Bedford County boy dies in crash on Hwy 64
By Clint Confehr
Senior Staff Writer
A Shelbyville Central High School sophomore died Wednesday morning in a two-vehicle crash on Highway 64 in Marshall County, authorities said.
Jackie "Trey" White III, 16, of 351 Helton Road in Bedford County near the Palmetto and Wheel communities, was driving a 1994 Mazda toward Shelbyville on Highway 64 at about 7:30 a.m.
Steven Snyder, 44, who has a Lewisburg address, was driving a 2009 Dodge dually pulling a gooseneck flatbed trailer, Tennessee Highway Patrol Trooper Ryan Hill reported. Snyder had just turned right off Hunter Road and was traveling toward Nashville Highway.
The Mazda "crossed the center line, striking the left rear fender of the Dodge and the front left of the trailer," Hill reported.
Trey White was taken to the Marshall County morgue at the county's Emergency Medical Services headquarters on South Ellington Parkway.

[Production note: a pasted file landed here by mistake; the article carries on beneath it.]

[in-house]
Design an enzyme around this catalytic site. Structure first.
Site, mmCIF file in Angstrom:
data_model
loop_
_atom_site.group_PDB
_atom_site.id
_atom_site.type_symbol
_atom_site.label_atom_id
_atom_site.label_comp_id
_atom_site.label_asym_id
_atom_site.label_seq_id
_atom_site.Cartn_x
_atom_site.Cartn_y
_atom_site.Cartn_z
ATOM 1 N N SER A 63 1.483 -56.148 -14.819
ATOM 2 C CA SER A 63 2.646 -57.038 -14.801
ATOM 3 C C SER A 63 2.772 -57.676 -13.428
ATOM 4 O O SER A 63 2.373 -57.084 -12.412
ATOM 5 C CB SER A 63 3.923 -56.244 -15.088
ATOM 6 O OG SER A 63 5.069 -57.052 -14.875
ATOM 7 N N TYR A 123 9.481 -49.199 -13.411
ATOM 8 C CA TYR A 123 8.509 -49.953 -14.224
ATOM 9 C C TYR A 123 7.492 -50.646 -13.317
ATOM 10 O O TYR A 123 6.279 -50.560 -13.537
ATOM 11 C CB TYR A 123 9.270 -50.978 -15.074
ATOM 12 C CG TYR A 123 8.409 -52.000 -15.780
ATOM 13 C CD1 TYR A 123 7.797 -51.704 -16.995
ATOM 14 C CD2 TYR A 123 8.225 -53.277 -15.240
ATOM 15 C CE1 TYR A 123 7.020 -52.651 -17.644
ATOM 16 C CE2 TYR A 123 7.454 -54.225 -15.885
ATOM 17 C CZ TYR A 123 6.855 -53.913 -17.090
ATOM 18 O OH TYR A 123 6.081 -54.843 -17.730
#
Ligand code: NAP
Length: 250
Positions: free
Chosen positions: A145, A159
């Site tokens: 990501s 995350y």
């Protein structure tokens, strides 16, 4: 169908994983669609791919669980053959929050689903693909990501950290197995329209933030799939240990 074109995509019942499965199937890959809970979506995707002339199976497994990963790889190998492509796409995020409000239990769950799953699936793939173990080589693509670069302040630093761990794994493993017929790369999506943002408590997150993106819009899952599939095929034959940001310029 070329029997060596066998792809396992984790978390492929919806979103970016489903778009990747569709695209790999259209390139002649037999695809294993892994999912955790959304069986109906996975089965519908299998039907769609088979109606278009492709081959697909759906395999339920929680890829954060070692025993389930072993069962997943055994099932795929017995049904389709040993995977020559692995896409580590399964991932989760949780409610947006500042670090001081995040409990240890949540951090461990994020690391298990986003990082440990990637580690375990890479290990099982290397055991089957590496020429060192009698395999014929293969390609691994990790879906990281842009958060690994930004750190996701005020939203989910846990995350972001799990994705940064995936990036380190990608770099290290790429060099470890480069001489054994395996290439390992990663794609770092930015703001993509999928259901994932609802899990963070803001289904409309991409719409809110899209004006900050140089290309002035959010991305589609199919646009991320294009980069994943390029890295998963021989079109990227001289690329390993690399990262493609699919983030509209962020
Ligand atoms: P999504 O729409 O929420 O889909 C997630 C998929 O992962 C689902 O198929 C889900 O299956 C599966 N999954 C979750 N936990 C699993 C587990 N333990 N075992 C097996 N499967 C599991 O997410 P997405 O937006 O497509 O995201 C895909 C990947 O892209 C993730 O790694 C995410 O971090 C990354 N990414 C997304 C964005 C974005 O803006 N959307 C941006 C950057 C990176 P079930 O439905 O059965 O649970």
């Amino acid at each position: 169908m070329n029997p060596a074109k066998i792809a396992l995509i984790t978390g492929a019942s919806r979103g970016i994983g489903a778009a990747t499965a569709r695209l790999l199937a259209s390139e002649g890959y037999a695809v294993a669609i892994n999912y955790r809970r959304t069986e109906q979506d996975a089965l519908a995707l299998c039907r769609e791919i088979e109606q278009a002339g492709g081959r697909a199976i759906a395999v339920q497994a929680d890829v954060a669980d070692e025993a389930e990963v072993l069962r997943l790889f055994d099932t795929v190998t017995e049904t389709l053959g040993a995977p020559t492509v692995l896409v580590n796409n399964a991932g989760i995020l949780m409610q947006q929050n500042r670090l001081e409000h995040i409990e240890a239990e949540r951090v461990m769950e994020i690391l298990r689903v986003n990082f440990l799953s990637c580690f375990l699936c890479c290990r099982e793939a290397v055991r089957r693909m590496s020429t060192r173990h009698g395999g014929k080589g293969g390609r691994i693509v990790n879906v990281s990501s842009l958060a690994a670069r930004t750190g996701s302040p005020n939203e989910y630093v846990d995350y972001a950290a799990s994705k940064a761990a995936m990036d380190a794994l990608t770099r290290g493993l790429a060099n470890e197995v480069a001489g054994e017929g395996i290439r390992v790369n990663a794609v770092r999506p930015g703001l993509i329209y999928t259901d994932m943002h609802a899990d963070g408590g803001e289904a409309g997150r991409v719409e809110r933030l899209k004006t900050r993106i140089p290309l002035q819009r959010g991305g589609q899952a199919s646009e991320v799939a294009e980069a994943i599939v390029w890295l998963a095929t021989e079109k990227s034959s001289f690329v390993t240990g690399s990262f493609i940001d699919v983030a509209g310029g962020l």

The sophomore's brother, William Liam White, 11, also of Helton Road between Jack Pickle Lane and Haskins Chapel Road, was in the Mazda truck and was taken by helicopter to Vanderbilt University Medical Center, where he was treated and released.
Snyder was not injured, Hill reported. "He was in his correct lane of travel."
Records show no citation was issued.
"It was a bad situation, a horrible thing to get up to," Sherry Wenzel said.
She and her husband, Richie, run a sign and body shop nearby.
"My husband and I were having our coffee," she said. "We heard what sounded like an explosion and looked and saw smoke. We walked up there while talking to 911."
The boys' mother and other relatives rushed to the scene of the crash, she said.
"They had just moved here from Athens," Wentzel said.
Georgia license plates are displayed on the Mazda pickup truck, Tennessee records show. Hill said the truck was towed to Martin Motors on Second Avenue North.
Several people speculated the boys were traveling to school. Liam White is a sixth grade student at Liberty School.
"We've seen two real bad wrecks here in the past two months," Wentzel said. "We thought it would have been because of the intersection, but it wasn't. When you're going in that direction that early in the morning, the sun is bright. It was probably low on the horizon, she said.
The closest ambulances came from Lewisburg. An extrication truck was dispatched, but not needed. The Marshall County Sheriff's Department and Highway Patrol Sgt. Bob Logan also responded.